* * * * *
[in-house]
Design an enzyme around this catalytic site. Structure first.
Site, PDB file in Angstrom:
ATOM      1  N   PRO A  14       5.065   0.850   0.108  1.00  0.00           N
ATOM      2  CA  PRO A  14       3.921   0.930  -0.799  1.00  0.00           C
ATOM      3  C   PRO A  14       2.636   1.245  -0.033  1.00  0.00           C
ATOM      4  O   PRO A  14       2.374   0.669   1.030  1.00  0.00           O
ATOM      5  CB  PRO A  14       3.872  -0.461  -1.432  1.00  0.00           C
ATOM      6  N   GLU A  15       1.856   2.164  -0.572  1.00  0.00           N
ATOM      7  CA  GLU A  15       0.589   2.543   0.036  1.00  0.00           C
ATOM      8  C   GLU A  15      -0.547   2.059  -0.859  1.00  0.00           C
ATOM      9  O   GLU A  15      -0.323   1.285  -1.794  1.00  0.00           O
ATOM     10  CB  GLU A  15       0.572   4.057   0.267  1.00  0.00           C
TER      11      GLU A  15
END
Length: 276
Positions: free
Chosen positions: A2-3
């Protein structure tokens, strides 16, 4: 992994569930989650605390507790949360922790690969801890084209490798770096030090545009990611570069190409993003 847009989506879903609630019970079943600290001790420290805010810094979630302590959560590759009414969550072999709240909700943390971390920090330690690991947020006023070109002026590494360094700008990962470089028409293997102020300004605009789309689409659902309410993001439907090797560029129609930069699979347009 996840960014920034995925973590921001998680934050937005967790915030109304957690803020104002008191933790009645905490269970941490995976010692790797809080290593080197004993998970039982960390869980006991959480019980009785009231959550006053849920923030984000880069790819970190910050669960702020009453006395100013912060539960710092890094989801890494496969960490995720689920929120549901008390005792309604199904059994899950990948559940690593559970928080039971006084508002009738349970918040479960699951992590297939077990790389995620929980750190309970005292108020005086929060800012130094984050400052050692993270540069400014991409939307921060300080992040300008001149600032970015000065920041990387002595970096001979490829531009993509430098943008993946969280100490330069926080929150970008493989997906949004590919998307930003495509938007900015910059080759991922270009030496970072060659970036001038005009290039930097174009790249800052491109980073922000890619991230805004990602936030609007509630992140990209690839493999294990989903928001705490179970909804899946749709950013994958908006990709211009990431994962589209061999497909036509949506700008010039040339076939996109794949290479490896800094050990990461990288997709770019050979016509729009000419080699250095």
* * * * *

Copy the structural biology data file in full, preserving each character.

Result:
[in-house]
Design an enzyme around this catalytic site. Structure first.
Site, PDB file in Angstrom:
ATOM      1  N   PRO A  14       5.065   0.850   0.108  1.00  0.00           N
ATOM      2  CA  PRO A  14       3.921   0.930  -0.799  1.00  0.00           C
ATOM      3  C   PRO A  14       2.636   1.245  -0.033  1.00  0.00           C
ATOM      4  O   PRO A  14       2.374   0.669   1.030  1.00  0.00           O
ATOM      5  CB  PRO A  14       3.872  -0.461  -1.432  1.00  0.00           C
ATOM      6  N   GLU A  15       1.856   2.164  -0.572  1.00  0.00           N
ATOM      7  CA  GLU A  15       0.589   2.543   0.036  1.00  0.00           C
ATOM      8  C   GLU A  15      -0.547   2.059  -0.859  1.00  0.00           C
ATOM      9  O   GLU A  15      -0.323   1.285  -1.794  1.00  0.00           O
ATOM     10  CB  GLU A  15       0.572   4.057   0.267  1.00  0.00           C
TER      11      GLU A  15
END
Length: 276
Positions: free
Chosen positions: A2-3
């Protein structure tokens, strides 16, 4: 992994569930989650605390507790949360922790690969801890084209490798770096030090545009990611570069190409993003 847009989506879903609630019970079943600290001790420290805010810094979630302590959560590759009414969550072999709240909700943390971390920090330690690991947020006023070109002026590494360094700008990962470089028409293997102020300004605009789309689409659902309410993001439907090797560029129609930069699979347009 996840960014920034995925973590921001998680934050937005967790915030109304957690803020104002008191933790009645905490269970941490995976010692790797809080290593080197004993998970039982960390869980006991959480019980009785009231959550006053849920923030984000880069790819970190910050669960702020009453006395100013912060539960710092890094989801890494496969960490995720689920929120549901008390005792309604199904059994899950990948559940690593559970928080039971006084508002009738349970918040479960699951992590297939077990790389995620929980750190309970005292108020005086929060800012130094984050400052050692993270540069400014991409939307921060300080992040300008001149600032970015000065920041990387002595970096001979490829531009993509430098943008993946969280100490330069926080929150970008493989997906949004590919998307930003495509938007900015910059080759991922270009030496970072060659970036001038005009290039930097174009790249800052491109980073922000890619991230805004990602936030609007509630992140990209690839493999294990989903928001705490179970909804899946749709950013994958908006990709211009990431994962589209061999497909036509949506700008010039040339076939996109794949290479490896800094050990990461990288997709770019050979016509729009000419080699250095």